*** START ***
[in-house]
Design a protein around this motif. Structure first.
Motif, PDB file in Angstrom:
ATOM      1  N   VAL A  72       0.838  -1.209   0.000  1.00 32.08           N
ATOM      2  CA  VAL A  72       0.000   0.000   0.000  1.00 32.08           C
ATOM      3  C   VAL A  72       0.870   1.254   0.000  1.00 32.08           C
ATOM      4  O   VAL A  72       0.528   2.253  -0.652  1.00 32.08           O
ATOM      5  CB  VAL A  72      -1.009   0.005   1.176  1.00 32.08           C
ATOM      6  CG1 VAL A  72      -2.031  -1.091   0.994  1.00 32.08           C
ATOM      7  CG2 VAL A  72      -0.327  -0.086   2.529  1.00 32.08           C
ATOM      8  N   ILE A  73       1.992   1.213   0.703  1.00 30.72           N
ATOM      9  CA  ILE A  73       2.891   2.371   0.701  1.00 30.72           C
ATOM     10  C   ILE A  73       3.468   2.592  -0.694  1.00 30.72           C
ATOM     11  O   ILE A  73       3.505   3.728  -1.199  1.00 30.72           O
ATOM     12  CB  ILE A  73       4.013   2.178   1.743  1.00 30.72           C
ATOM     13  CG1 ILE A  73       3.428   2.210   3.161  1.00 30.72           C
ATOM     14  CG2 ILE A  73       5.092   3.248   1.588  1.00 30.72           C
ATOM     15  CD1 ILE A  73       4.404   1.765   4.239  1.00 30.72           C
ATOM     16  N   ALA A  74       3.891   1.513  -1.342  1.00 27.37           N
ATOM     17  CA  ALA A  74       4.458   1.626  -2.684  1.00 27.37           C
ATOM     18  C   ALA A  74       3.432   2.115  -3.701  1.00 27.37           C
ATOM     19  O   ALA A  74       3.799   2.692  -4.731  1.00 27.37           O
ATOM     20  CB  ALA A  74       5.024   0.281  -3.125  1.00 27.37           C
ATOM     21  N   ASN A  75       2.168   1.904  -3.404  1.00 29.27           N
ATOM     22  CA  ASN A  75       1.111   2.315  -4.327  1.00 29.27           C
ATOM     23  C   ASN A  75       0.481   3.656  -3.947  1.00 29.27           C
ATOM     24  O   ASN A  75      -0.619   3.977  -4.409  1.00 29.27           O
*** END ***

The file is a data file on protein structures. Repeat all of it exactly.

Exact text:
[in-house]
Design a protein around this motif. Structure first.
Motif, PDB file in Angstrom:
ATOM      1  N   VAL A  72       0.838  -1.209   0.000  1.00 32.08           N
ATOM      2  CA  VAL A  72       0.000   0.000   0.000  1.00 32.08           C
ATOM      3  C   VAL A  72       0.870   1.254   0.000  1.00 32.08           C
ATOM      4  O   VAL A  72       0.528   2.253  -0.652  1.00 32.08           O
ATOM      5  CB  VAL A  72      -1.009   0.005   1.176  1.00 32.08           C
ATOM      6  CG1 VAL A  72      -2.031  -1.091   0.994  1.00 32.08           C
ATOM      7  CG2 VAL A  72      -0.327  -0.086   2.529  1.00 32.08           C
ATOM      8  N   ILE A  73       1.992   1.213   0.703  1.00 30.72           N
ATOM      9  CA  ILE A  73       2.891   2.371   0.701  1.00 30.72           C
ATOM     10  C   ILE A  73       3.468   2.592  -0.694  1.00 30.72           C
ATOM     11  O   ILE A  73       3.505   3.728  -1.199  1.00 30.72           O
ATOM     12  CB  ILE A  73       4.013   2.178   1.743  1.00 30.72           C
ATOM     13  CG1 ILE A  73       3.428   2.210   3.161  1.00 30.72           C
ATOM     14  CG2 ILE A  73       5.092   3.248   1.588  1.00 30.72           C
ATOM     15  CD1 ILE A  73       4.404   1.765   4.239  1.00 30.72           C
ATOM     16  N   ALA A  74       3.891   1.513  -1.342  1.00 27.37           N
ATOM     17  CA  ALA A  74       4.458   1.626  -2.684  1.00 27.37           C
ATOM     18  C   ALA A  74       3.432   2.115  -3.701  1.00 27.37           C
ATOM     19  O   ALA A  74       3.799   2.692  -4.731  1.00 27.37           O
ATOM     20  CB  ALA A  74       5.024   0.281  -3.125  1.00 27.37           C
ATOM     21  N   ASN A  75       2.168   1.904  -3.404  1.00 29.27           N
ATOM     22  CA  ASN A  75       1.111   2.315  -4.327  1.00 29.27           C
ATOM     23  C   ASN A  75       0.481   3.656  -3.947  1.00 29.27           C
ATOM     24  O   ASN A  75      -0.619   3.977  -4.409  1.00 29.27           O